Wednesday, February 11, 2009

Unemployed? You Could Qualify For Tax Breaks

From USA Today:

If you're unemployed, your tax bill will probably decline. That's small consolation — sort of like suggesting that going bald isn't so bad because you'll save money on shampoo. Given a choice, most people would rather have a full head of hair and a job.

Still, if you were laid off last year, you could be eligible for a host of tax deductions and credits that could put money in your pocket when you need it most. Tax breaks that could become available when your income is down:

•Deduction for medical expenses. Co-payments, deductibles and other unreimbursed medical expenses are deductible only if they exceed 7.5% of your adjusted gross income.

The income cut-off prevents most people with jobs and employer-provided health insurance from deducting medical expenses. But if your income has declined and you're paying more for health care, the threshold could become easier to cross.

Under a federal law known as COBRA (Consolidated Omnibus Budget Reconciliation Act), you can continue your former employer's coverage for at least 18 months. To maintain coverage, though, you must pay the entire premium, plus an administrative fee. These expenses qualify for the medical expense deduction, says Leslie Laffie, tax analyst for Thomson Reuters.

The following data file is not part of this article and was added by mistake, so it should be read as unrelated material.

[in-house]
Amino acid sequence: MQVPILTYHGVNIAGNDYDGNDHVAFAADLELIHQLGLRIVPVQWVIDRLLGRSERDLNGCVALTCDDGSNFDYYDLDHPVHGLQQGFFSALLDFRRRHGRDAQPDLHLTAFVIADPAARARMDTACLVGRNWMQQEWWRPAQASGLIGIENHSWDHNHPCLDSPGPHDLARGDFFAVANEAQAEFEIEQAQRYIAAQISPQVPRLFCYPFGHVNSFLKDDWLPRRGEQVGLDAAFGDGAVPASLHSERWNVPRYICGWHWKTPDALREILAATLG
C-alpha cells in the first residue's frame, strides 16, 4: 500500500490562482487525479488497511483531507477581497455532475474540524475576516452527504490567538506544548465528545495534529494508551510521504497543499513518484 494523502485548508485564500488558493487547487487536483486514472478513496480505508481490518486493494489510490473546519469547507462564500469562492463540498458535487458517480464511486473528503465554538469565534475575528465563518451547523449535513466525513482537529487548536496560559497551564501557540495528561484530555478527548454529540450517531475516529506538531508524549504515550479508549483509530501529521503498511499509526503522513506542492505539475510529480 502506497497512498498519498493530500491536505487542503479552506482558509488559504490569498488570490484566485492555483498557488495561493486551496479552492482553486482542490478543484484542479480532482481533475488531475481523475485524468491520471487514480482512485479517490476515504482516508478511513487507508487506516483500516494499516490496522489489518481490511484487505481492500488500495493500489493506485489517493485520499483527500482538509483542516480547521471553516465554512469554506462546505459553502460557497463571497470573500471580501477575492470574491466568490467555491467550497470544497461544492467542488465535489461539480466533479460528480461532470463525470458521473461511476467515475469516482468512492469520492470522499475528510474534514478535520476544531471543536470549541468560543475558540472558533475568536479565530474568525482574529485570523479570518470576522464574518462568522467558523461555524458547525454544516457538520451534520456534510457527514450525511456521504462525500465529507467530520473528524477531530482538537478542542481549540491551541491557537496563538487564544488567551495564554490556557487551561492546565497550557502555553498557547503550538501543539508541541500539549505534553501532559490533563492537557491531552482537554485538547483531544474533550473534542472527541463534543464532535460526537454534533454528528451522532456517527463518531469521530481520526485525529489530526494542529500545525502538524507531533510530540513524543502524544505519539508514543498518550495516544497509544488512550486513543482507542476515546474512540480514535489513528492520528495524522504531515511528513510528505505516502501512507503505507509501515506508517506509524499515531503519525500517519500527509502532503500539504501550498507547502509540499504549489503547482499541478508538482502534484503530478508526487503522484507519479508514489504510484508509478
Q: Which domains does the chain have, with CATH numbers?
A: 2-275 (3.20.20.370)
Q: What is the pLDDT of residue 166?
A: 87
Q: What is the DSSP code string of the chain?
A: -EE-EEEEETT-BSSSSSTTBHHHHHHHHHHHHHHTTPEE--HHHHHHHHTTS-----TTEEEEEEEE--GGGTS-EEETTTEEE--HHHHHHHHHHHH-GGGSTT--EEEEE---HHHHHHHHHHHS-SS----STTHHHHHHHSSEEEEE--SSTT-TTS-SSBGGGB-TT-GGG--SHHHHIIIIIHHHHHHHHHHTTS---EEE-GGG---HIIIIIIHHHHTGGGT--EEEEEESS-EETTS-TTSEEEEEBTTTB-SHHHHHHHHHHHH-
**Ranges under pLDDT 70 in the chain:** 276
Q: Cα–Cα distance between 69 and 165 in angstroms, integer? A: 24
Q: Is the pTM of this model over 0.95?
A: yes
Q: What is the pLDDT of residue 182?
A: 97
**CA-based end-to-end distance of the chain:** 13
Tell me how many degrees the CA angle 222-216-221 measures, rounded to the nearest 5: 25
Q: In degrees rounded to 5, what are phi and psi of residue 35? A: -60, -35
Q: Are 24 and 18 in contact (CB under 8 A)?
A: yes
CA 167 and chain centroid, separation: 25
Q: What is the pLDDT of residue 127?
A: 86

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Many employees who can't afford COBRA opt instead to buy an individual insurance policy. Premiums for these policies are also deductible, Laffie says. And if you're required to pay a specific amount out-of-pocket before your insurance kicks in, those payments also count toward the medical expense deduction.

Miscellaneous itemized deductions. Expenses that fall into this category include tax preparation costs, safe deposit box fees and — significantly, for unemployed people — job search expenses. To claim this deduction, your combined miscellaneous expenses must exceed 2% of your AGI, so this is another break that becomes more accessible when your income has declined.

Your can deduct job-hunting costs even if your search was unsuccessful, Laffie says. However, you must seek a job in the same business or trade where you were previously employed to deduct those costs.

"If you were a teacher, you have to be looking for a job as an educator, vs. looking for a job as an engineer or accountant," she says.

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